'We've comfortably outperformed the market': HMV overtakes Amazon for physical music

'We've comfortably outperformed the market': HMV overtakes Amazon for physical music

John Hirst, HMV’s head of music, has told Music Week that the retailer’s online sales are its “big success story” of 2018 as figures showed that the chain overtook Amazon to be No.1 in the physical market.

As the last bricks-and-mortar music chain, HMV has been under pressure from the declining physical market. But according to the latest data on physical entertainment sales from Kantar Worldpanel, HMV experienced market share growth for the second consecutive period.

Based on music sales for the 12 weeks up to September 23, HMV increased its market share to 28% and moved ahead of Amazon (21.1%) to become the biggest physical music retailer. Gifting sales at HMV were up 21% over the period. Now That’s What I Call Music 100 and Mamma Mia! Here We Go Again proved to be strong physical sellers over the three months.

For overall physical entertainment, Amazon remains the market leader with a 23.2% share (up 1.8 percentage points) compared to HMV's 18.5% (up 0.7 percentage points).

Reacting to the Kantar Worldpanel report, Hirst said: “Everybody at HMV is incredibly passionate about music and particularly the physical product, from our central support operations, through our distribution centres and, of course, in store with our amazing staff delivering gold standard customer service day in, day out. Whilst the customer still wants physical music - and they really do - we'll be here to put it in their hands."

The music chain’s market share success is in the context of a 21.7% slump in physical artist album sales for the year to date. In a challenging market, however, HMV has held its own while other retailers lost ground. Sainsbury’s has had the upheaval of its Asda merger and, along with Tesco, appears to be cutting back on CDs.

“We would always feel that the replenishment and our on-shelf availability and the way we present products knock spots off supermarkets,” said Hirst. “Times are tough in the music market and supermarkets are beginning to wonder whether it’s worth their time and space. We’ve benefited from that but we’ve also been taking share off Amazon as well.”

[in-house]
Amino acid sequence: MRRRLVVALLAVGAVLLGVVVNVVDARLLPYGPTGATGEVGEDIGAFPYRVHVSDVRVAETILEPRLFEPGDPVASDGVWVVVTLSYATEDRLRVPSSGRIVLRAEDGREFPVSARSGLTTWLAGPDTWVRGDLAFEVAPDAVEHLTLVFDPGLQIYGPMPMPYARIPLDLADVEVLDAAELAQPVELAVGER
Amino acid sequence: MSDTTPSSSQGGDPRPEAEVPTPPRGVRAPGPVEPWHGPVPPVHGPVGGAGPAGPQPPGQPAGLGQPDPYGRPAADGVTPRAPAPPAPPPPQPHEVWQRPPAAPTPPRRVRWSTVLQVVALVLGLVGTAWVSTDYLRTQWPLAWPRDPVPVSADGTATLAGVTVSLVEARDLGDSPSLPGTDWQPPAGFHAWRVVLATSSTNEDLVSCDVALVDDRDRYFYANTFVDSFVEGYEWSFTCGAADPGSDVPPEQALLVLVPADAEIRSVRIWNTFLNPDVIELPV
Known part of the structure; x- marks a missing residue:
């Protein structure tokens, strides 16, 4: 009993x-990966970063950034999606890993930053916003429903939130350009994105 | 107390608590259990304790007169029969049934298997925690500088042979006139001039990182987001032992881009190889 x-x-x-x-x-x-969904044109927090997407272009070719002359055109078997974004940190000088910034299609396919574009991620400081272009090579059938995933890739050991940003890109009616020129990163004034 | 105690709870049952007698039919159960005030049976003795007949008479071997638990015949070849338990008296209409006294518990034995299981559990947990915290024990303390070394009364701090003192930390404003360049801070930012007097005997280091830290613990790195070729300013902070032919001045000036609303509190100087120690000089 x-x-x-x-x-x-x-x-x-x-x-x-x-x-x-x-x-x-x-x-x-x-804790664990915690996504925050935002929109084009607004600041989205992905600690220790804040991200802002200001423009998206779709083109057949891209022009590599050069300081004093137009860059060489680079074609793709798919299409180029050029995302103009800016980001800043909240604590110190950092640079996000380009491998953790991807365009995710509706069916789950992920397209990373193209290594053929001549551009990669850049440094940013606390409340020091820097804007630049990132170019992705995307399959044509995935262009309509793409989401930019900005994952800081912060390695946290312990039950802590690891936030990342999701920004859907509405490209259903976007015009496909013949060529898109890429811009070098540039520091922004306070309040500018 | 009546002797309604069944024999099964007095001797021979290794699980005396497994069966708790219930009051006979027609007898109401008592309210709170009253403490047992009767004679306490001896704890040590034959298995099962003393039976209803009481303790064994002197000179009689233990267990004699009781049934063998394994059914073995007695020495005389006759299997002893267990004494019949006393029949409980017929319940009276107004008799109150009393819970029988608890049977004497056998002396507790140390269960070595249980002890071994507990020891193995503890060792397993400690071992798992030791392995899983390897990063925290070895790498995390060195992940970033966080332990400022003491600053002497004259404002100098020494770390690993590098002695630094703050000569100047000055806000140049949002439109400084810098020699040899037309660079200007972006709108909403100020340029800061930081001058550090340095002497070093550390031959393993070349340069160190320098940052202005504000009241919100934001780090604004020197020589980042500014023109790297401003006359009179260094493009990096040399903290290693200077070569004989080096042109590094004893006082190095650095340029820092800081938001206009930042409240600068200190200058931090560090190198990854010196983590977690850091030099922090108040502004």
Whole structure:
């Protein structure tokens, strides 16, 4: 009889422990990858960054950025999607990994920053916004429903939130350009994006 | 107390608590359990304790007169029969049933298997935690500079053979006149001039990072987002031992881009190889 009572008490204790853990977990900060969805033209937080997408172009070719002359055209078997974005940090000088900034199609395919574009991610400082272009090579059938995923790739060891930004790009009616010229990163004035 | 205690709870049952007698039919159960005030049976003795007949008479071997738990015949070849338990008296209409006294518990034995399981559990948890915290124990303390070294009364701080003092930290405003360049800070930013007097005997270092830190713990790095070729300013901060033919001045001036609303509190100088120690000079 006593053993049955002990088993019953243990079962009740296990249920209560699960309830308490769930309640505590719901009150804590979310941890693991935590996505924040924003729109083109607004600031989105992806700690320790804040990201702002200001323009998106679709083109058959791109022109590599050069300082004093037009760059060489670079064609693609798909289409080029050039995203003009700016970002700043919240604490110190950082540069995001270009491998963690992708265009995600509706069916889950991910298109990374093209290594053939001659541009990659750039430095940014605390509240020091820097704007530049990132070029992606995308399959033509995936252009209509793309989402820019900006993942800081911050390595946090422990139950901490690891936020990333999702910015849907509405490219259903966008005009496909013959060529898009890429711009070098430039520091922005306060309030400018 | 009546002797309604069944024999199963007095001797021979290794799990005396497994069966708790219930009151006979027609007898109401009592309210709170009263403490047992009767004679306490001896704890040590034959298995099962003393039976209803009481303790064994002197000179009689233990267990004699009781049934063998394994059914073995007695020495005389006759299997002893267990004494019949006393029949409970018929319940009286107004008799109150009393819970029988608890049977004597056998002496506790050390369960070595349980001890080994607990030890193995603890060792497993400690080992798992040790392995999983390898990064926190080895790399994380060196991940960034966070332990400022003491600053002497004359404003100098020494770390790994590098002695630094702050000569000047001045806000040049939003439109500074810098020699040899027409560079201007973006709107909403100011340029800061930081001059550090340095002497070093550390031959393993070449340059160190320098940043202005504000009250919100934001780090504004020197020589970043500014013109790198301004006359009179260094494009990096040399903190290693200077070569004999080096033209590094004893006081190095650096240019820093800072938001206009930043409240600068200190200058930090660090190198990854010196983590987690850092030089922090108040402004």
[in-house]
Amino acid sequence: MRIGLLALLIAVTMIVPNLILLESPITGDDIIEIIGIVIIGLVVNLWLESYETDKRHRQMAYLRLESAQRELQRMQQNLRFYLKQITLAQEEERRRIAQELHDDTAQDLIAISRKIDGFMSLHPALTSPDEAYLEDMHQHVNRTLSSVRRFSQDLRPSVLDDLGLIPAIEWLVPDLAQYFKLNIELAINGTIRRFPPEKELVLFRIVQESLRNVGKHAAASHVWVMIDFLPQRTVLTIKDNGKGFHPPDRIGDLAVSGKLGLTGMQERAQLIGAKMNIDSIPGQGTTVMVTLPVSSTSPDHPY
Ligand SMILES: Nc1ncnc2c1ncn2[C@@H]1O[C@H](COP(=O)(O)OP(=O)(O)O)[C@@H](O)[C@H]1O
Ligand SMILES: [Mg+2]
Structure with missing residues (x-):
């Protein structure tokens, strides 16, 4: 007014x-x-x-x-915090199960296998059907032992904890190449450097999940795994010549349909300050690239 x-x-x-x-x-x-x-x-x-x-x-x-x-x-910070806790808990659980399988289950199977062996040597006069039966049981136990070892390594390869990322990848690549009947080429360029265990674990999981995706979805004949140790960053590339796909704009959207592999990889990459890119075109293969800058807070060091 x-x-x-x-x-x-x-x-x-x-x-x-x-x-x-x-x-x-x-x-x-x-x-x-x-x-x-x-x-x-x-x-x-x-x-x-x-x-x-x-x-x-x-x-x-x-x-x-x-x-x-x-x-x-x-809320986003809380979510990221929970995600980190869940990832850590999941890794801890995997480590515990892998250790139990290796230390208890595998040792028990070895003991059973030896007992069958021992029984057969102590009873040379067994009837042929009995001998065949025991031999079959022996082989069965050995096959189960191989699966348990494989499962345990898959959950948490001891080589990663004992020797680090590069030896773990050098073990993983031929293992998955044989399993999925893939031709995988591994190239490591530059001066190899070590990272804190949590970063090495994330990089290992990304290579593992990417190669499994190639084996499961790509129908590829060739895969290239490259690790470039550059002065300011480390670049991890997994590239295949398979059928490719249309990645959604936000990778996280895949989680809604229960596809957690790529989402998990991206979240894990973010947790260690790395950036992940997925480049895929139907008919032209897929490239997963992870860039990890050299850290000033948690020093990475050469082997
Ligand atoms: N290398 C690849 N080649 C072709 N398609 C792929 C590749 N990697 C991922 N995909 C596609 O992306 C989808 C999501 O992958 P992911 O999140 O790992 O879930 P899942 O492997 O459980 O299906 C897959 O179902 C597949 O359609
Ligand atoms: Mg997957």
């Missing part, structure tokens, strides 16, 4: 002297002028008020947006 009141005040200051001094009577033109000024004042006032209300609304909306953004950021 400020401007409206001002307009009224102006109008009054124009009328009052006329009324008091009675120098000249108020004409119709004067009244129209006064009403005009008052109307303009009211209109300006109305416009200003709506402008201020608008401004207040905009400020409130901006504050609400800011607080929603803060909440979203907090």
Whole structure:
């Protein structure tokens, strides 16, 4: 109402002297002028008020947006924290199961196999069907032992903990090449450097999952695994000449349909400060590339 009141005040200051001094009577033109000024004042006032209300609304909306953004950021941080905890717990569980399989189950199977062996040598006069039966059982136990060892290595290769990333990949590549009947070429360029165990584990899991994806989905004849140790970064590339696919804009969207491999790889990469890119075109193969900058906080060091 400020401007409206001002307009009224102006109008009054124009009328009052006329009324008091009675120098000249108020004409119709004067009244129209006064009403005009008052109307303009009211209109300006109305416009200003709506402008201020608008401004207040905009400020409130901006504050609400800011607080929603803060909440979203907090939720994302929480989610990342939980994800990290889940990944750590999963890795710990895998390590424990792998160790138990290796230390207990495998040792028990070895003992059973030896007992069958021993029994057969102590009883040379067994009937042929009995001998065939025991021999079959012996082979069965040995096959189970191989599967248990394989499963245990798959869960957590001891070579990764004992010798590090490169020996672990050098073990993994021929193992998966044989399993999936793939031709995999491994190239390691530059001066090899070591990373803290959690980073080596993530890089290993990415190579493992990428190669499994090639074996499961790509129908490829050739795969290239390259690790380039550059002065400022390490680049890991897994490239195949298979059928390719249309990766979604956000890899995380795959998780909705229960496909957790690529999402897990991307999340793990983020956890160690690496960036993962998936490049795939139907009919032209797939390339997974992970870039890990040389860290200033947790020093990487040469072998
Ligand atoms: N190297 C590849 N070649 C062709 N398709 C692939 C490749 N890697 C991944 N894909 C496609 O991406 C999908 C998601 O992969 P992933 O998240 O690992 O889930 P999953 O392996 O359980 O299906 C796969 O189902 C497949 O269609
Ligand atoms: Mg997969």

Times are tough in the music market and supermarkets are beginning to wonder whether it’s worth their time and space

John Hirst


Part of HMV’s market share result is down to taking on the online giant at mail order, which Hirst said they would be looking to “maximise” in this crucial trading period.

“Our website is actually the big success story of this year,” said Hirst. “It was a couple of years before we got back into the online space with HMV.com. It’s quite a difficult area to make money when you’re competing with somebody like Amazon. But we’ve found a way to make it work and it’s been a huge growth area for us - it’s our biggest store by some distance now.

“[Mail order] is really booming - not only do we deliver to homes, we do click and collect so you can order online and it will be in store within 24 hours. We’ve got a partnership with HubBox as well, so there’s 1,500 locations around the country you can get things delivered to. We’re trying to innovate as much as we can. We’re getting some great results on pre-order, for vinyl in particular - vinyl is 50% of our music offering sales-wise online and obviously the value in the margin there is really strong.”

While Hirst conceded that it’s “not been a great year” for physical retail without a release to compare to Ed Sheeran’s 2017 blockbuster, there’s been an improvement over recent months - in particular for National Album Day - and he’s optimistic about Q4.

“From an HMV point of view, we’ve comfortably outperformed the market all year,” he told Music Week. “We could really do with Q4 comparing favourably to last year and then if we can outperform the market, as we have done for the rest of the year, it will put us in a really positive place come the end of the year.”

HMV is banking on a strong Q4 performance from new releases by Rod Stewart, Little Mix, Olly Murs, Take That and Michael Buble, as well as The Greatest Showman (a strong performer for the chain in 2018), Mamma Mia! Here We Go Again and George Ezra’s Staying At Tamara’s.

“There could be some surprises as well, such as The Kingdom Choir, if it can get off to a good start and build on the momentum,” added Hirst.

There’s also strength in depth in this year’s Q4 schedule, with potential gifting releases from Def Leppard and Fleetwood Mac, as well as the Queen Bohemian Rhapsody soundtrack and an Eric Clapton Christmas album.

“It was such a step down last year,” said Hirst. “It would be stupid to deny that consumer behaviour is changing, but last year was particularly bad because of the release schedule. When one of the biggest albums of Q4 is Ball & Boe, [Q4 2017] was never going to do what the previous years did.”

At ERA’s AGM recently, BMG’s CEO Hartwig Masuch suggested there were signs of a plateauing of the decline in physical sales as labels targeted fans with well-produced deluxe releases.

“We’re in a position to focus on that higher ticket price, well-presented  stuff like the White Album reissue, as well as deluxe editions in general and vinyl,” said Hirst. “In catering to fanbases, we’re in a better position than most to do that - especially with a growing online business as well. We’re certainly confident we’re going to be around for a while yet.”

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